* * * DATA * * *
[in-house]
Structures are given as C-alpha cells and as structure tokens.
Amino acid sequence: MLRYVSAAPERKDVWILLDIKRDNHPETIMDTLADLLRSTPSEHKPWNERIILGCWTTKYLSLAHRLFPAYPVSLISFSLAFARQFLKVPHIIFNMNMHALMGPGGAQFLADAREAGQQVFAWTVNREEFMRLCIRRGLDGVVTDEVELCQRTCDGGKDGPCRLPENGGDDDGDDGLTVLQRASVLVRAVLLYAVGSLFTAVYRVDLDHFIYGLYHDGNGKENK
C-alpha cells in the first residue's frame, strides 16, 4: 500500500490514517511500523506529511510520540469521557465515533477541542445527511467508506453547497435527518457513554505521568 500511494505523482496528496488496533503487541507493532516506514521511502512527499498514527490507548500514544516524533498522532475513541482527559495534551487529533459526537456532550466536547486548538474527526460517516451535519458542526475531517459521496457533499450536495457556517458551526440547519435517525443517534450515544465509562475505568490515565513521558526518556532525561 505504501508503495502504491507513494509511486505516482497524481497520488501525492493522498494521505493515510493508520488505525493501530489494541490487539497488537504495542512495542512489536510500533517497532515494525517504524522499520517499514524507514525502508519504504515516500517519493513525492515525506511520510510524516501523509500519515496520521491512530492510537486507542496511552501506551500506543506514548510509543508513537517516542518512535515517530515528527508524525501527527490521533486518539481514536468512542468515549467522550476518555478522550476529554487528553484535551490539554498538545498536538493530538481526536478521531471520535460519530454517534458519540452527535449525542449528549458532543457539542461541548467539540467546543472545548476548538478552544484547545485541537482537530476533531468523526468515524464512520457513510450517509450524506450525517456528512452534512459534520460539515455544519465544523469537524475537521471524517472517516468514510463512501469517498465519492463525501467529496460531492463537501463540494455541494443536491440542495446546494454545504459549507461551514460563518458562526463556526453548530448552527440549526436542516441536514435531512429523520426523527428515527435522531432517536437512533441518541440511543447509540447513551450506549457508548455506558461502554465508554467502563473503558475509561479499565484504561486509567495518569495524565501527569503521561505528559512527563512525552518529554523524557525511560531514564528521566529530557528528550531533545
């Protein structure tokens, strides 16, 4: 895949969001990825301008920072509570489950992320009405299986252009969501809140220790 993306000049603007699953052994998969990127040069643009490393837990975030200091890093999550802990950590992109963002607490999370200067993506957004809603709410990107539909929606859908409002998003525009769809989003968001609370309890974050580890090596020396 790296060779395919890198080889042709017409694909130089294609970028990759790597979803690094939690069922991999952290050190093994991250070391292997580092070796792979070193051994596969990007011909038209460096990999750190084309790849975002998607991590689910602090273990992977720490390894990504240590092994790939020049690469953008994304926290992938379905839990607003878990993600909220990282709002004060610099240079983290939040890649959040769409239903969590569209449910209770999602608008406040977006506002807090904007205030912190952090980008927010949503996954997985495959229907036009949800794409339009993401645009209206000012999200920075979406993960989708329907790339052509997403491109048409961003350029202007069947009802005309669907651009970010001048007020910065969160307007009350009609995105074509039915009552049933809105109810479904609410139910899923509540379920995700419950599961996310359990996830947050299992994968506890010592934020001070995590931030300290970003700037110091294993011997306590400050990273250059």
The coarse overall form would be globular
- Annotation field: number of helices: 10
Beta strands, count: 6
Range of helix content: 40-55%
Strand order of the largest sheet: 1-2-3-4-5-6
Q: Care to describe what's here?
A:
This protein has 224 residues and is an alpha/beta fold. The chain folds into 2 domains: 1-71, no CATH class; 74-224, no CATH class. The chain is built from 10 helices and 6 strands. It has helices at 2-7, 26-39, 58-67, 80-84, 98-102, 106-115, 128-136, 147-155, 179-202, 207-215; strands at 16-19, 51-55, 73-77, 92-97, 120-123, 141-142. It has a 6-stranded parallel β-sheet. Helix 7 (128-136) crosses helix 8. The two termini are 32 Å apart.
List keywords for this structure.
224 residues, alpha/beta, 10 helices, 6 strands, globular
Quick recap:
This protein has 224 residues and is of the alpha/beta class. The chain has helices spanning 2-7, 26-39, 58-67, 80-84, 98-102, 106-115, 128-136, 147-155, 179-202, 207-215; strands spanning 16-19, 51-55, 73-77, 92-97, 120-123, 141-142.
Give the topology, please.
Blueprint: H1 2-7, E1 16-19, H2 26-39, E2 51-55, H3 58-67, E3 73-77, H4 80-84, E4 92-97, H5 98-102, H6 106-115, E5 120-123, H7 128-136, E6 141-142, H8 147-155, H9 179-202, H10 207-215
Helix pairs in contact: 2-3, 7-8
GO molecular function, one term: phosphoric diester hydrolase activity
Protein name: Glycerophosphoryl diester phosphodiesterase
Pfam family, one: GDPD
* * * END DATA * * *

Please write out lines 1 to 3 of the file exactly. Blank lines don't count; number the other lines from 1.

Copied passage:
[in-house]
Structures are given as C-alpha cells and as structure tokens.
Amino acid sequence: MLRYVSAAPERKDVWILLDIKRDNHPETIMDTLADLLRSTPSEHKPWNERIILGCWTTKYLSLAHRLFPAYPVSLISFSLAFARQFLKVPHIIFNMNMHALMGPGGAQFLADAREAGQQVFAWTVNREEFMRLCIRRGLDGVVTDEVELCQRTCDGGKDGPCRLPENGGDDDGDDGLTVLQRASVLVRAVLLYAVGSLFTAVYRVDLDHFIYGLYHDGNGKENK